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Rockabye Baby’s Secret To Success: Forget About Baby

Lullaby versions of your favorite bands aren’t for babies–they’re for parents-to-be hanging onto their last shred of cool.

Lisa Roth created Rockabye Baby, rock songs remade as children’s lullabies, for people just like her: People without kids. “It really was a selfish endeavor,” Roth, sister of Van Halen’s David Lee Roth, told Fast Company.

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Lisa RothPhoto: Earl Gibson

The idea came from a failed attempt at shopping for an expectant friend. Since Roth was looking in baby stores she–of course–couldn’t find anything adult-friendly. “I wanted to give something I was excited to hand someone. Something that I appreciated,” she said. Everything available was, annoyingly, for babies–pink, covered in teddy-bear print, lavender scented.

Most people wouldn’t consider that a problem for a baby gift, but Roth perceived it as a hole in the baby toy market. “What’s the saying? Necessity is the mother of invention,” she said. The “necessity” was an item for grown-ups disguised as something for kids. The invention was Rockabye Baby, the lullaby series that now includes over 50 albums from artists spanning all genres, including Bob Marley, Eminem, and Radiohead.

Not a single person on the initial team that thought up the lullaby versions of rock-n-roll favorites has children. “If we did, would we have created lullaby renditions of Nine Inch Nails or Metallica?” wonders Roth about her wildly successful enterprise, which has sold more than 1.6 million albums and 1.3 million single-track downloads. Parents are too consumed by their new bundles of innocent joy to have heavy metal on the brain, Roth suspects.

But mom and dad aren’t actually her target audience. Most of the people who buy Rockabye Baby aren’t new parents, but friends or relatives of new parents. Most often, it’s a gift. And that’s the hidden genius of Rockabye Baby: It appeals to the people spending money on newborns–but not the ones who have to worry about diapers or any of those other boring, lame necessities.

First released in 2006 as a three-album series, the irony-laced concept was an immediate hit with the media, earning write ups in The New York Times, the Los Angeles Times, and the Boston Globe. The Times dubbed it perfect for “hipsters-in-training,” suggesting the rise of the cool parent. But the albums didn’t sell until Roth put them in front of the right audience. At first, Rockabye Baby sat in record stores, mixed in with the artist’s other albums. In theory, a soon-to-be parent perusing the Radiohead section would see the band’s Rockabye Baby album and buy it in a (probably futile) effort to save a little part of their pre-baby selves.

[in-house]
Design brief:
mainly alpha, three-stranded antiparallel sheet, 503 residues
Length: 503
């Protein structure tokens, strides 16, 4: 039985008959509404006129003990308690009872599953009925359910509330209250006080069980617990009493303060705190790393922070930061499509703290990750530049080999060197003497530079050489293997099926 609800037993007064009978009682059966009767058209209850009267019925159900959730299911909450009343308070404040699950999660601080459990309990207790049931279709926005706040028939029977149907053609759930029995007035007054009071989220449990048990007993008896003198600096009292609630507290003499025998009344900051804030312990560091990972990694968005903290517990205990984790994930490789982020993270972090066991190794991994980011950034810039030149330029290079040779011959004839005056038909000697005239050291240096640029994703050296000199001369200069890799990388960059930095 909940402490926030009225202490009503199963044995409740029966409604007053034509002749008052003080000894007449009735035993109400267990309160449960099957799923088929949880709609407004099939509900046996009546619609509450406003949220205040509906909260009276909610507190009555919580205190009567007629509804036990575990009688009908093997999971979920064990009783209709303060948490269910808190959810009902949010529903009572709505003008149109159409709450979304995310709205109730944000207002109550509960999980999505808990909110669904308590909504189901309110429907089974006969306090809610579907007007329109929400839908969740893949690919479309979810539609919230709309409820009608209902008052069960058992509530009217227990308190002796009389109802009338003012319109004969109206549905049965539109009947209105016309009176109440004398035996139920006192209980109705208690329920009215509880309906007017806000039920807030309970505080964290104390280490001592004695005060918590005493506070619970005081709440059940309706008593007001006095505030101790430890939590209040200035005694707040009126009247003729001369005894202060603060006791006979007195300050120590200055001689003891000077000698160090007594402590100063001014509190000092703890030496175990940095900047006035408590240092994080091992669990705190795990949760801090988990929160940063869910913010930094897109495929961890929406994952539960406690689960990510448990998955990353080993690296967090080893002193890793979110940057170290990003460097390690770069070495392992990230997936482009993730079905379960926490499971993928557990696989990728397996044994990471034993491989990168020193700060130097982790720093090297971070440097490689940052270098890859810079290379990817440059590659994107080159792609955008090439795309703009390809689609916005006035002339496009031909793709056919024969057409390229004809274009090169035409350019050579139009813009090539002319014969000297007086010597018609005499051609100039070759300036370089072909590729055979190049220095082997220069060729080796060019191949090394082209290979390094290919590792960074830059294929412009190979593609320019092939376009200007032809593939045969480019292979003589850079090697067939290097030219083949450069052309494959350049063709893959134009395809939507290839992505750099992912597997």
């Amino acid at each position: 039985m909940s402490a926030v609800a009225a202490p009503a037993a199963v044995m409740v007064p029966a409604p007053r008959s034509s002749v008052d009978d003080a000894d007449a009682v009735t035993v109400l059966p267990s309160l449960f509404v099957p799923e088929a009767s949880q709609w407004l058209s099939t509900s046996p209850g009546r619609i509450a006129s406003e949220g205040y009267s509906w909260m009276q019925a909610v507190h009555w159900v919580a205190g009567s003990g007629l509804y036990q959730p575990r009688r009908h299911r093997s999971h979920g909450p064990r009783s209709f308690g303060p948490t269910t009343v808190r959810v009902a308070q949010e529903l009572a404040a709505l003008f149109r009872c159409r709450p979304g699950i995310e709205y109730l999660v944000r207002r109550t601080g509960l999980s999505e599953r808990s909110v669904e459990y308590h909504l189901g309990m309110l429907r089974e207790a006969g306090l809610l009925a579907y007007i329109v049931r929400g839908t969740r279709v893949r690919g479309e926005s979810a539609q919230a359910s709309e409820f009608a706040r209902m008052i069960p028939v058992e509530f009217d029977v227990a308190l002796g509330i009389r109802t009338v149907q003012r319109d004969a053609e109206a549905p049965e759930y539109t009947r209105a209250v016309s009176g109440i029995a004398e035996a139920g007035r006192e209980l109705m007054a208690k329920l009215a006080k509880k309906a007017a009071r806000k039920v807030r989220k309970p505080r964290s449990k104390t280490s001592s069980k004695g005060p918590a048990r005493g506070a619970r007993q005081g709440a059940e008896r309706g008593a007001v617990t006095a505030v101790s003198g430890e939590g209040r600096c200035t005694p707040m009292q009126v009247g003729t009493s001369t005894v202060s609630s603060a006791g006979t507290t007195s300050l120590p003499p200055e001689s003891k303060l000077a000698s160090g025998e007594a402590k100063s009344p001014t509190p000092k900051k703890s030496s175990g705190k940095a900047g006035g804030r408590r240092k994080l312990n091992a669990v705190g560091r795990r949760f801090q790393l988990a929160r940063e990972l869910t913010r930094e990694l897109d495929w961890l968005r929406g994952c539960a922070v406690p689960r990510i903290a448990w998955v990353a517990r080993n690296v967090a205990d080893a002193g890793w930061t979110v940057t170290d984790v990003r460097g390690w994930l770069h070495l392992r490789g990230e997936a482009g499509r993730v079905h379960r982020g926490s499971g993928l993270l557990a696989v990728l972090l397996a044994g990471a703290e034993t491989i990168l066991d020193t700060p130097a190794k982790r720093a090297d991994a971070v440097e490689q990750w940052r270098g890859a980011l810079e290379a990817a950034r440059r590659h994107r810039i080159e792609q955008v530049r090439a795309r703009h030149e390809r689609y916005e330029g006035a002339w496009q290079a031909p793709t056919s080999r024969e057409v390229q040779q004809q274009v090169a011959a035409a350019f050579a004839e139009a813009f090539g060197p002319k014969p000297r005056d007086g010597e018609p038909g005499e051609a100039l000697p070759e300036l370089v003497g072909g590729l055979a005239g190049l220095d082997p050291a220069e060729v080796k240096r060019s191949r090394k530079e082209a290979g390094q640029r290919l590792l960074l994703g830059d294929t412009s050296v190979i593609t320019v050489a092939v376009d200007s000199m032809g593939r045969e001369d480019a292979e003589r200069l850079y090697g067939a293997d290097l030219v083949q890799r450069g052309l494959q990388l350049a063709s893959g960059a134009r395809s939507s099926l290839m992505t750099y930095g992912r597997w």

It tanked.

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Only about a year in, when Rockabye Baby ditched Best Buy and started selling in high-end baby boutiques, did it reach the right people. Instead of targeting fans of a given artist, the series now positions itself as the “hip” option among a sea of saccharine stuff. “It was gold after that,” said Roth.

Roth approaches every aspect of the brand from the adult perspective. When picking new artists, she asks herself: Would I like this? To make the cut, a band has to have a little bit of irony. James Taylor, for example, would not fit the genre. CMH Records, the parent company of Rockabye, puts out around 8 new albums a year, available as CDs or digital downloads. No matter the medium, it comes in a case, because people like to hand someone a physical package when giving a gift. Even the marketing, like this ad featuring Roth’s brother, makes PG-13 jokes.

Of course, people wouldn’t buy Rockabye Baby for their friends if parents-to-be didn’t like the present; the cult has spread by word of mouth. Roth suspects there’s something in it for new moms and dads, too. “Here’s a little something that reminds you of pre-baby. You can still listen to this,” she said. Sure, you can still listen to cool bands, but will you choose rock-n-roll renditions of Bob Marley when your kid won’t stop crying? That’s a different story.

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About the author

Rebecca Greenfield is a former Fast Company staff writer. She was previously a staff writer at The Atlantic Wire, where she focused on technology news

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